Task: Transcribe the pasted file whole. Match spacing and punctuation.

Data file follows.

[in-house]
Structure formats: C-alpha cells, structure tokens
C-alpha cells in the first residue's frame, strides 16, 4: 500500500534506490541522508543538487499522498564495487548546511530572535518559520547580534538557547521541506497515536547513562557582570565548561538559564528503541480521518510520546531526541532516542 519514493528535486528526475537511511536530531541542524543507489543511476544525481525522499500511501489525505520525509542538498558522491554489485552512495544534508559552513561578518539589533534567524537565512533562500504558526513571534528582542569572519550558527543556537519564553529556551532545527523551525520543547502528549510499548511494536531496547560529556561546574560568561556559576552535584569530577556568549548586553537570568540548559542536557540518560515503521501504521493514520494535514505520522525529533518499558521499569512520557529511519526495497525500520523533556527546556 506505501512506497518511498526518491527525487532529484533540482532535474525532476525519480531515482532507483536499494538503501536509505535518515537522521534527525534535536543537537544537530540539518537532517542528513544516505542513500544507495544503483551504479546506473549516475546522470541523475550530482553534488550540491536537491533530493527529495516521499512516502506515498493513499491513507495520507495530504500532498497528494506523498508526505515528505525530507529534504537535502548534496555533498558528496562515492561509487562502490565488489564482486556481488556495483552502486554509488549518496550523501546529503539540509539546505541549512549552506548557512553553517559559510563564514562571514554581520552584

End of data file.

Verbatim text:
[in-house]
Structure formats: C-alpha cells, structure tokens
C-alpha cells in the first residue's frame, strides 16, 4: 500500500534506490541522508543538487499522498564495487548546511530572535518559520547580534538557547521541506497515536547513562557582570565548561538559564528503541480521518510520546531526541532516542 519514493528535486528526475537511511536530531541542524543507489543511476544525481525522499500511501489525505520525509542538498558522491554489485552512495544534508559552513561578518539589533534567524537565512533562500504558526513571534528582542569572519550558527543556537519564553529556551532545527523551525520543547502528549510499548511494536531496547560529556561546574560568561556559576552535584569530577556568549548586553537570568540548559542536557540518560515503521501504521493514520494535514505520522525529533518499558521499569512520557529511519526495497525500520523533556527546556 506505501512506497518511498526518491527525487532529484533540482532535474525532476525519480531515482532507483536499494538503501536509505535518515537522521534527525534535536543537537544537530540539518537532517542528513544516505542513500544507495544503483551504479546506473549516475546522470541523475550530482553534488550540491536537491533530493527529495516521499512516502506515498493513499491513507495520507495530504500532498497528494506523498508526505515528505525530507529534504537535502548534496555533498558528496562515492561509487562502490565488489564482486556481488556495483552502486554509488549518496550523501546529503539540509539546505541549512549552506548557512553553517559559510563564514562571514554581520552584